Analogue: A Hate Story Review

Yes you'll be doing a lot of that in this game.

  • Developer: Christine Love
  • Publisher: Christine Love
  • Release Date:27 April 2012

I've been interested in getting back into game development again so naturally I checked what tools and authorware was available (I used to dabble quite a bit with Adventure Game Studio, if anyone is curious). Ren'Py a Japanese-style Visual Novel engine seemed like a good starting point to me as it requires minimal coding for story-driven games and even allows you to port games onto mobile devices. I soon discovered that there were a combination of commercial and critical successes out there, all made with Ren'Py. I decided to take a closer look at some of these and one of the major players is Christine Love. When Analogue: A Hate Story (ZOMG I just realised the title is a joke as one of her earlier games is Digital: A Love Story – get it?) was on sale on Steam for a matter of dollars, I just had to try the game out for myself.

Occasionally you'll answer some yes/no questions

Plot (4/5)
The game is set in the distant future and places you in the role of an investigator discovering what happened to a Korean generation ship that has mysteriously appeared in local space. Your job is to access the ship's computer and download any relevant information. Along the way you will encounter the ship's AIs (there are two of them) who aid you in recovering the data in the form of logs or emails.

While I like the science-fiction setting and the mystery surrounding the generation ship, it's sometimes hard to take the game seriously with the cutesy anime style and childish talk from the AIs. I know this is actually typical for a majority of Japanese visual novels (even though this is technically Korean) but it's also something that puts me off playing these games, even if the plot is pretty good (as is the case).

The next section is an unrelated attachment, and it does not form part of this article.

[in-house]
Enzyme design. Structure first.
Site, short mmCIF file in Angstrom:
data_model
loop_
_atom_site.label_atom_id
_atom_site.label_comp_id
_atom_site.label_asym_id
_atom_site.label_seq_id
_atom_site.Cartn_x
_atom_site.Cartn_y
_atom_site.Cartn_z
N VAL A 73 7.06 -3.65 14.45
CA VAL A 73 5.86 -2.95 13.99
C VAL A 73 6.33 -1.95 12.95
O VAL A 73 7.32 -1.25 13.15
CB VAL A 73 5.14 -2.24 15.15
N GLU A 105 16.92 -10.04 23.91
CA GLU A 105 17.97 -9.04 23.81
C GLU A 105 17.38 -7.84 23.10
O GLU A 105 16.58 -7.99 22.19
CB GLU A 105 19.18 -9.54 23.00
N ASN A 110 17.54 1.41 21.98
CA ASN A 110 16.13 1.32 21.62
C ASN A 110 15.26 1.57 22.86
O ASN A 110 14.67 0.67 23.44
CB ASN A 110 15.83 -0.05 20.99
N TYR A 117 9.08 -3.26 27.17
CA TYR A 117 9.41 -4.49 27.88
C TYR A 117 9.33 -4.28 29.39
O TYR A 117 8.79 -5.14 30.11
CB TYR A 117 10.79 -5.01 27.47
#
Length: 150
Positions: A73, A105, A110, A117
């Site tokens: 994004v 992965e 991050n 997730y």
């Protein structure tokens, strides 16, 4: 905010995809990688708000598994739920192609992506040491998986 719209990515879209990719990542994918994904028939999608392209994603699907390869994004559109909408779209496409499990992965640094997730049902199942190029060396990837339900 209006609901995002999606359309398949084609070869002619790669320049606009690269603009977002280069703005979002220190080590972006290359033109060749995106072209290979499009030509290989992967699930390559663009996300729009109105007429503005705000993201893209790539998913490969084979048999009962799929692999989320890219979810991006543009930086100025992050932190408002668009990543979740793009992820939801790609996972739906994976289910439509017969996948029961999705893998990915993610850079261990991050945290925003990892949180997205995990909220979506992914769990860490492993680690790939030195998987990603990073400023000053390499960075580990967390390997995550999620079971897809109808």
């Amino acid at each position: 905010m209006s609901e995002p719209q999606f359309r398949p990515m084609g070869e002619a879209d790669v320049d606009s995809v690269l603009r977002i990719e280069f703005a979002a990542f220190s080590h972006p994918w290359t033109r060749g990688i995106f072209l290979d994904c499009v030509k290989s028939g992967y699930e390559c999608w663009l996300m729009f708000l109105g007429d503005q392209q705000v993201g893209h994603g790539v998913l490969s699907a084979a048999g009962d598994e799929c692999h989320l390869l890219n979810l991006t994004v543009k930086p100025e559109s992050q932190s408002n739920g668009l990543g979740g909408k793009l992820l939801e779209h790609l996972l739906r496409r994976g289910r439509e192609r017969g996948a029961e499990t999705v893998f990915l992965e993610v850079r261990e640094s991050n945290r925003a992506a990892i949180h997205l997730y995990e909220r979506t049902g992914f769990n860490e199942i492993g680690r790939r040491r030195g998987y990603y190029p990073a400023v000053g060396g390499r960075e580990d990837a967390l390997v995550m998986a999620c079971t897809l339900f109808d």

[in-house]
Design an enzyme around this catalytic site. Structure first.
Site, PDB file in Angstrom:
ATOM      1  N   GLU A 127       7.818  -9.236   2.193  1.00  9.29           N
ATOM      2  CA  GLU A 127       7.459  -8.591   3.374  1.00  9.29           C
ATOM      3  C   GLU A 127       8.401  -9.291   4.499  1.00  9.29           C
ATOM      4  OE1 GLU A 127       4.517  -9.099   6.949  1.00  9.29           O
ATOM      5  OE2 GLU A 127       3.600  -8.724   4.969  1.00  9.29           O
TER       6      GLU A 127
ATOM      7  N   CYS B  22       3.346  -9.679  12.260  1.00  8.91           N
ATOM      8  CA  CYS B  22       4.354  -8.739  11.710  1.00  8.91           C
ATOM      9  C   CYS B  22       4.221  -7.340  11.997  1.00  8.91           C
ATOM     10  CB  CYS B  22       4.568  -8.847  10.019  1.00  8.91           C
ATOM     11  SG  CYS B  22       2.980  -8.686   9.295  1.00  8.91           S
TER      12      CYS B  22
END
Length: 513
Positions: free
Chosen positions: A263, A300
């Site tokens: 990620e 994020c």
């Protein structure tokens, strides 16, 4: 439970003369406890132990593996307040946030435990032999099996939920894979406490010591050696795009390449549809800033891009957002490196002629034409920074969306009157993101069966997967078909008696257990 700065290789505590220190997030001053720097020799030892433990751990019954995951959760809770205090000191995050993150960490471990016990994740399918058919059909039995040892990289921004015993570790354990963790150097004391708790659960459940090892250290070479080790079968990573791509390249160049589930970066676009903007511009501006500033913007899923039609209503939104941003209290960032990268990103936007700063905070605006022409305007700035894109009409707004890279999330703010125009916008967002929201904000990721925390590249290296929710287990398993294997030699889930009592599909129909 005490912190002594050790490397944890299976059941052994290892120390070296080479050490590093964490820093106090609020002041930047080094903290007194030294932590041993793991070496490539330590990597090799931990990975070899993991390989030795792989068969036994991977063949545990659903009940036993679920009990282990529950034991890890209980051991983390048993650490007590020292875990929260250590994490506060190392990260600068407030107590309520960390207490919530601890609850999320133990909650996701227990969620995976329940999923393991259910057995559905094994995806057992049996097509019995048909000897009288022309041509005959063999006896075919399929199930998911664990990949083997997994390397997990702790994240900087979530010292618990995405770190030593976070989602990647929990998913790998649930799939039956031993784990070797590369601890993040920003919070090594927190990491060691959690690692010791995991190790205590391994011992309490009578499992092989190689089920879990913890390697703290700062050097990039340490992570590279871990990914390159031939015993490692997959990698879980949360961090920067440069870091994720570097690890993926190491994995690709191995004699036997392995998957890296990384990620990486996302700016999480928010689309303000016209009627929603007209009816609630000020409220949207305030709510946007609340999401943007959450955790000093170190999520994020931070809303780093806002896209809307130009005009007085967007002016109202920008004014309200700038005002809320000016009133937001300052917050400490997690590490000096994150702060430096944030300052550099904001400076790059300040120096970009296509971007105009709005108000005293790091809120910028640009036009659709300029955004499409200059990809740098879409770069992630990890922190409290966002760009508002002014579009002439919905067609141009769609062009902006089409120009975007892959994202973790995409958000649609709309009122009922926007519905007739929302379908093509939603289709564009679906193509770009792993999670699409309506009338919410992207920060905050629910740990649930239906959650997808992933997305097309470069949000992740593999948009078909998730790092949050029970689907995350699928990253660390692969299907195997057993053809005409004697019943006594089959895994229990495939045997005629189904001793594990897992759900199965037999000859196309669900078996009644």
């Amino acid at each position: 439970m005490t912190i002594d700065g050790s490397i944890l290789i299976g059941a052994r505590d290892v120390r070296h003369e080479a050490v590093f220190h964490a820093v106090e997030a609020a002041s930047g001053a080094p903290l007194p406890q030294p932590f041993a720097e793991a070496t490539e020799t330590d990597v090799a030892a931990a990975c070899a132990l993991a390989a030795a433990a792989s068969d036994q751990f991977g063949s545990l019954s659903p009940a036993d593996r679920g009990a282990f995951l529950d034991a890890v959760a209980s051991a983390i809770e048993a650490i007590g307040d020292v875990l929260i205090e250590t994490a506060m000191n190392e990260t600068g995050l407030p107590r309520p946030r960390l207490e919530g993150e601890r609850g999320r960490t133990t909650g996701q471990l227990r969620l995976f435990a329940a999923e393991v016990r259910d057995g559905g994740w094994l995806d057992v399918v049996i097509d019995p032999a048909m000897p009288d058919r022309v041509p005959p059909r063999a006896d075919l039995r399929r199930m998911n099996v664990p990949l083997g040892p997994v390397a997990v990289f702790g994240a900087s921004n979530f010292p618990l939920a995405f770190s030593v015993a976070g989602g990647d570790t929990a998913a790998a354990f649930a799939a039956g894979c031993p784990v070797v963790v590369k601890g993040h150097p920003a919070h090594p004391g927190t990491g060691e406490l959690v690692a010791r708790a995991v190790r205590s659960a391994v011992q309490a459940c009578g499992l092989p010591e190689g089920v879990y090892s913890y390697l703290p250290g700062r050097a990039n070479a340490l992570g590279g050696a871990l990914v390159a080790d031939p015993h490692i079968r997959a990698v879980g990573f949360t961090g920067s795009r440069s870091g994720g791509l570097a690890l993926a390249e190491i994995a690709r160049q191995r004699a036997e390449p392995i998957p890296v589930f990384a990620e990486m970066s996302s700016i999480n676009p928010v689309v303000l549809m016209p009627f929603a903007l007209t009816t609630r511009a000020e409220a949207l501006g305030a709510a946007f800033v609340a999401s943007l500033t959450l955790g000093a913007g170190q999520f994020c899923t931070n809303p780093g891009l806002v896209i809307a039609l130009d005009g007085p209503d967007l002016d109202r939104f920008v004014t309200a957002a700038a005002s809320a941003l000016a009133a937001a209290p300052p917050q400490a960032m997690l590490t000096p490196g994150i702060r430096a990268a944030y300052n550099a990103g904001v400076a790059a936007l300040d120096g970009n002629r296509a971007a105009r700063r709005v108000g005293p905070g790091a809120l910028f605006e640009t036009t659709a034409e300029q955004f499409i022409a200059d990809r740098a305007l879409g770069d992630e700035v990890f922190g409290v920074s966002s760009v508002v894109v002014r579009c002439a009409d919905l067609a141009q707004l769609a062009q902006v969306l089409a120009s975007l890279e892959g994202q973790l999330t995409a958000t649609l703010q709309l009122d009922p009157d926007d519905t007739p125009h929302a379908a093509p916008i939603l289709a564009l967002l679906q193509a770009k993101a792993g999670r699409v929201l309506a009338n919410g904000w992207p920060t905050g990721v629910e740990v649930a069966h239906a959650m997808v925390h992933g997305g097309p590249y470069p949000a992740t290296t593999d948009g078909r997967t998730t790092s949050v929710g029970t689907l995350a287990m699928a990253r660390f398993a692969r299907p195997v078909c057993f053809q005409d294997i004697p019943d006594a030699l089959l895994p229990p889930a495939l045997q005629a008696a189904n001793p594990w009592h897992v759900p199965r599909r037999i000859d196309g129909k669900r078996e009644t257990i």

Gameplay (3/5)
The gameplay is okay as far as visual novels or interactive fiction goes. I'm used to playing visual novels with more focus on visuals, conversations and puzzle-solving (such as the old Legend Entertainment games), so this one is a bit different in that there is a larger focus on reading emails, which is pretty much what this game is all about: reading emails. Having the AIs to converse with and ask of your opinions however turns what is normally a chore into a game (as the AIs do remember what you say!).

Also there is the challenge for the completionists amongst us to decrypt every single log (which I believe is the point of the game). I actually managed to get lost in the reading of emails and forgot the whole reason I was on the ship in the first place. I vaguely recalled something about downloading the logs which is what I ended up doing – however this triggered the premature ending of the game, resulting in what I believe was the “bad” ending. Maybe a checklist or a plea from the AIs would've been in order to prevent dunces like myself inadvertently finishing the game too early!

Besides the GUI with avatars you get to play with this old-school console

Sound (5/5)
No problems with the minimal audio that is used.

Music (4/5)
The music in the game is a subdued, ambient affair but it complements the game nicely.

Graphics (3/5)
Graphics are minimal, consisting only of the AI avatars, the Graphical User Interface (GUI) and the console. However these elements are drawn and animated well so while there's not much to see, what you do see looks great.

Replay (3/5)
Visual novels/interactive fiction can vary greatly in terms of replay. Analogue: A Hate Story tends to be one of the better ones where you are able to achieve different endings depending on how your responses and how thorough you are. The game even has Steam achievements (another carrot for the completionists out there).

However, if like me you inadvertently ended the game early, you have to trawl through a lot of reading to alter the ending or unlock an achievement (since I believe some are dependent on the choices you make).

Polish (5/5)
No bugs and the interface is intentionally clunky since it's simulating a console (and the fact the AI can only ask yes/no questions)

This pretty much sums up the whole plot.

Score – 7/10

Analogue: A Hate Story definitely has one of the most unique settings to be explored in a game; not many games have you playing an investigator of the future, visiting an abandoned generation spaceship, and learning about the patriarchal society of Medieval Korea. While the plot is well written, you will be reading a lot about scandals and romantic affairs, which will have you wondering: am I reading a romance novel or playing a computer game? Maybe it's a bit of both? If that thought bothers you, you may want to give this a miss – otherwise, considering how cheap it is, it's worth a look. Maybe you'll enjoy it.

If you want to get the game, you can get it on Steam.

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